Over at Natrel, beyond bilingualism being a serious concern for the Quebec brand, VP marketing Caroline Losson adds keeping millennial staff engaged and happy has become increasingly difficult. “Sometimes people who are really talented want to move fast, and I’m not always able to provide them with the fast-pace career growth they’re looking for,” she says. “The younger generation is quite demanding – which is fine! They bring great things to the table, but it’s not always easy to fit that into an established organization.

“We do try and keep them engaged by making our marketing activities interesting. You want those really bright young people to be on your team so they’ll fuel you with their bright ideas, but the reality is you can’t always execute against everything [they bring forward].”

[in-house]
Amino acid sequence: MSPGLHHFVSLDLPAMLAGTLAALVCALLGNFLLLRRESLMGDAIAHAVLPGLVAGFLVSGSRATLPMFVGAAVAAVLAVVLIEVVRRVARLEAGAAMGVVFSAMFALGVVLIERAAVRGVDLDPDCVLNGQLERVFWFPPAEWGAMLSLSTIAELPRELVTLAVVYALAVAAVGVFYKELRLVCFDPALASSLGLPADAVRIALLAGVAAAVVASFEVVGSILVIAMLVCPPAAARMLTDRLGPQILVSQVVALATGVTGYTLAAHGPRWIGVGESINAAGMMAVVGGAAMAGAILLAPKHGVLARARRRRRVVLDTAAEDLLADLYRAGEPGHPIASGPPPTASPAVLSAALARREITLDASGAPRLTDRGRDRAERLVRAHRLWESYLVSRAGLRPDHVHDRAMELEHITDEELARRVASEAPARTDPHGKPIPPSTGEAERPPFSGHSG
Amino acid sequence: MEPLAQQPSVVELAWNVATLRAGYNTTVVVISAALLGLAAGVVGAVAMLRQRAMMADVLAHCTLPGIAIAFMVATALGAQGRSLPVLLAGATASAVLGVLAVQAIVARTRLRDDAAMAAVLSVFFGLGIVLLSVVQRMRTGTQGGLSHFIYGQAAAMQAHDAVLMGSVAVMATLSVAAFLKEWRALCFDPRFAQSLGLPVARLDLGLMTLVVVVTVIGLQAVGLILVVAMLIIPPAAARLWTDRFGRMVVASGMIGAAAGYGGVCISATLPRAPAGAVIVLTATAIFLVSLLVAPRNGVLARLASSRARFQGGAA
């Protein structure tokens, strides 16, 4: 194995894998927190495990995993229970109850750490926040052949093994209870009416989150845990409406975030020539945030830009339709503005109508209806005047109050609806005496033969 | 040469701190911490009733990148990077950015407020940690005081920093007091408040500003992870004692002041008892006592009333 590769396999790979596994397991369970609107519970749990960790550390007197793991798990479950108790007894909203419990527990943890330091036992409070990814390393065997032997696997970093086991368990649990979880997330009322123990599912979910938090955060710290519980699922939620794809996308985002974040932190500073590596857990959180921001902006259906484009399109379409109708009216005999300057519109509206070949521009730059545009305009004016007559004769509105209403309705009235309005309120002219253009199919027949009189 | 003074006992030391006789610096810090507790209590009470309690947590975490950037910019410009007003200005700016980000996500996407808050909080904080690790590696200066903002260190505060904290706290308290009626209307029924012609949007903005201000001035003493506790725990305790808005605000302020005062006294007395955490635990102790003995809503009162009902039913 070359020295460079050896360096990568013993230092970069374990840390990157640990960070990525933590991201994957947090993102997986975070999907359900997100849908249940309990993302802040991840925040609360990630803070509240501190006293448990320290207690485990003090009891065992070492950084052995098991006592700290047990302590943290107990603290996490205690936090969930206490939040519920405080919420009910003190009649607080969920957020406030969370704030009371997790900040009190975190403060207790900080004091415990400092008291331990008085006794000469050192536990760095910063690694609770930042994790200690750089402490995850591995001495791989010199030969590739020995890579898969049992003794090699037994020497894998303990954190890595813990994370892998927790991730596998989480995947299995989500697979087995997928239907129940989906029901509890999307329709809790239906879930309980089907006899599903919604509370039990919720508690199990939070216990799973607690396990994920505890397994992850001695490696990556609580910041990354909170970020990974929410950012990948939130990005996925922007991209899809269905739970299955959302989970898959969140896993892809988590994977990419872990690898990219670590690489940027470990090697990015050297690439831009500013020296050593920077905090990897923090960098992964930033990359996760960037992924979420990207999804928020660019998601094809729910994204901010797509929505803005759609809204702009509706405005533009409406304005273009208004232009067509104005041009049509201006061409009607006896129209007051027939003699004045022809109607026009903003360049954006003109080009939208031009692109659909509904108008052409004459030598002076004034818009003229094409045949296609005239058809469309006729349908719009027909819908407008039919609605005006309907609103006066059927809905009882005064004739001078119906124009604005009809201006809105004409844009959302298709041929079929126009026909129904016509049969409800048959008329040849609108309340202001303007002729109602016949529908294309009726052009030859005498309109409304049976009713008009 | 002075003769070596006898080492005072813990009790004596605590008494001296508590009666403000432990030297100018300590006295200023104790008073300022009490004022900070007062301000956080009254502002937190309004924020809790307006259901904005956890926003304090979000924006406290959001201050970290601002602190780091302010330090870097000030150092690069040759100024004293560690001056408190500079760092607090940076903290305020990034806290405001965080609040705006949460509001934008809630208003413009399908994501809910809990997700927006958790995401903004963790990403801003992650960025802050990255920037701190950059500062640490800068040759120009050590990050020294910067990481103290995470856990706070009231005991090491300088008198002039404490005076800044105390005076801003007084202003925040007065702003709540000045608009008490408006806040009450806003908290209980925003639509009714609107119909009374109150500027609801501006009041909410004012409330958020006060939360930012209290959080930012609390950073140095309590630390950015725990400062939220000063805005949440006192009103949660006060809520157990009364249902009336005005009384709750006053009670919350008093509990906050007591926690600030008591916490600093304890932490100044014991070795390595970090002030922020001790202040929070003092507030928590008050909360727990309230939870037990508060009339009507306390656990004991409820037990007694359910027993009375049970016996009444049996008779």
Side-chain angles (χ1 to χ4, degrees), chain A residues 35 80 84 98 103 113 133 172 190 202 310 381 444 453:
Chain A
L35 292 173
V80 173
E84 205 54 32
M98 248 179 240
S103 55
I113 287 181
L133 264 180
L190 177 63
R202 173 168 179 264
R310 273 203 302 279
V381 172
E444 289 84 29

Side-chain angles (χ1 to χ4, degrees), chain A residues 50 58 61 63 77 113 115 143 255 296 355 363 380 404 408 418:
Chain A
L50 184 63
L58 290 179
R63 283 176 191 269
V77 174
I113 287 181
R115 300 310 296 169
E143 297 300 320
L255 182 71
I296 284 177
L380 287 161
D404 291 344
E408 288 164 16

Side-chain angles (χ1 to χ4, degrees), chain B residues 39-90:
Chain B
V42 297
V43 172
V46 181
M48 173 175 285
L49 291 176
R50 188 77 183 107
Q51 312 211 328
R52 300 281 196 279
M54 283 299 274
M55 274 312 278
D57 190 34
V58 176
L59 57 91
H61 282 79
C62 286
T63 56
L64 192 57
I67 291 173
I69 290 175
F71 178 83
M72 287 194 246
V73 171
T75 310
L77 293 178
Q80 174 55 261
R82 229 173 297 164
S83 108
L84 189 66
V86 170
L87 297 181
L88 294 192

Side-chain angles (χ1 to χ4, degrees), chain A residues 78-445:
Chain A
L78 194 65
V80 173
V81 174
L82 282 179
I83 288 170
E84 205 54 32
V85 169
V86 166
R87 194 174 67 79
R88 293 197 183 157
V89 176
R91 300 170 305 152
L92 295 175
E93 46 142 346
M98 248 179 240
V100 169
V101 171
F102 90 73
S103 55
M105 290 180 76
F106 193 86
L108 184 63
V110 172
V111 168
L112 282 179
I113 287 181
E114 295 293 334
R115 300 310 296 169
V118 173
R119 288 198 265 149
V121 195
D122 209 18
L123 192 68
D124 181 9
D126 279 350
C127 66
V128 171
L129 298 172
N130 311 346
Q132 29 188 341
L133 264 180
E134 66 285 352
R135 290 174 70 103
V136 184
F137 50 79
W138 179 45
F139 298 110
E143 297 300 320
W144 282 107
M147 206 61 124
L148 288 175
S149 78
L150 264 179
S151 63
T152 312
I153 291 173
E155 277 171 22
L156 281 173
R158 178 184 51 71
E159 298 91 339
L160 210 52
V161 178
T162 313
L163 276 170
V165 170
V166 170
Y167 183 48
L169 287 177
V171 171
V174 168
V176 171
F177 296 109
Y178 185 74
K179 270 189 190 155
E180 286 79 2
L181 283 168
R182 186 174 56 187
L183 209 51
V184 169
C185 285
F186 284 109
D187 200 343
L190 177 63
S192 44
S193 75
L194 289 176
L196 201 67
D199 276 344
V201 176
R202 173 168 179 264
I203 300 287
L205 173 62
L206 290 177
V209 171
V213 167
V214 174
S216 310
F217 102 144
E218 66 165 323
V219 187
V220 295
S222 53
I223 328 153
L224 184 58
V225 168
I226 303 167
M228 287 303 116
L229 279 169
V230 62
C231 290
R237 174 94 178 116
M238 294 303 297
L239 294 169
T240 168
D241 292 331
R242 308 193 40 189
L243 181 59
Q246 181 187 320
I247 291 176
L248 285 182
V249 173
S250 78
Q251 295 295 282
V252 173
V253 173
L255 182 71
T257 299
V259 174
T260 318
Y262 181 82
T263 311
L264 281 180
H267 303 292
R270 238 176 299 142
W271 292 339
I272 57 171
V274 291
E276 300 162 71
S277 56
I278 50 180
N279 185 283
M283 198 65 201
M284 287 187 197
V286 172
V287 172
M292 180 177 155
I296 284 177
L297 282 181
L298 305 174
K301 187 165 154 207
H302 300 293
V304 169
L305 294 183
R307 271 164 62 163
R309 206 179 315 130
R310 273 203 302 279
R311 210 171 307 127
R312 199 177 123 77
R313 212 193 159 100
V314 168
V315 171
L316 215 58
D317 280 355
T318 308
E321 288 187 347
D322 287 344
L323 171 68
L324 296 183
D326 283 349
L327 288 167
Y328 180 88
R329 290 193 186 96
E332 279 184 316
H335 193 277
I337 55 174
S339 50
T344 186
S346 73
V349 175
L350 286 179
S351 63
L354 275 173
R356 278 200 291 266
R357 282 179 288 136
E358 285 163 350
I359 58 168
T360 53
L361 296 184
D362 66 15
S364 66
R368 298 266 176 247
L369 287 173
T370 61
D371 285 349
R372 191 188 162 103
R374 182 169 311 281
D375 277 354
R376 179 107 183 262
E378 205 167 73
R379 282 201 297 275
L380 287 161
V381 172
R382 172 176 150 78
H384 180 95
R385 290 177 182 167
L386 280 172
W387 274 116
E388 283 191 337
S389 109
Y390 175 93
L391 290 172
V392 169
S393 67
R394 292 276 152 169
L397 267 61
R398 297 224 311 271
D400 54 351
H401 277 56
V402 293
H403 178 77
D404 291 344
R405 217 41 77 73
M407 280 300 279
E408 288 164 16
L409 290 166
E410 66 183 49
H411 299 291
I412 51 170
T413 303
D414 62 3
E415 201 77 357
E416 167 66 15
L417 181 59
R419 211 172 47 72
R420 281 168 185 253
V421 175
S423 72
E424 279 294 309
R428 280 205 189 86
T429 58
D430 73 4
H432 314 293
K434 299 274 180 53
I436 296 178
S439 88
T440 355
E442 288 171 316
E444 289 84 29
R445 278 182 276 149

The big problem with data

For Stéphane Bérubé, CMO at L’Oréal, tracking and analyzing data without a single unique form of measurement is a huge challenge, and he still doesn’t have a solution for it. “We know we have to do video, we know we have to invest in search and social and that TV’s not dead,” he says. “But since we don’t have a real sense of measurement [we don't know] how to move into this new world of reaching the multi-screen consumer in an efficient way and making sure every dollar we invest brings back ROI.”

Additionally, Natrel’s Losson says she’s tired of data for data’s sake.

“I want analysis, opportunities, understanding of the data,” she says. “So I’m putting a lot of pressure and focus on that [deeper understanding]. I just restructured the department to create a business intelligence team, whose purpose is specifically to do consumer, competitive and category mining.

“[I say to the team] ‘Don’t tell me that 52% of the Toronto population is South Asian.’ What I want to know is, ‘Do they consume dairy? What dairy do they consume? What is their family [origins]? How do they consume it? Where do they buy it? Why is it important for them? How do they use it? Who purchases it?’”

Keeping up with the pace of change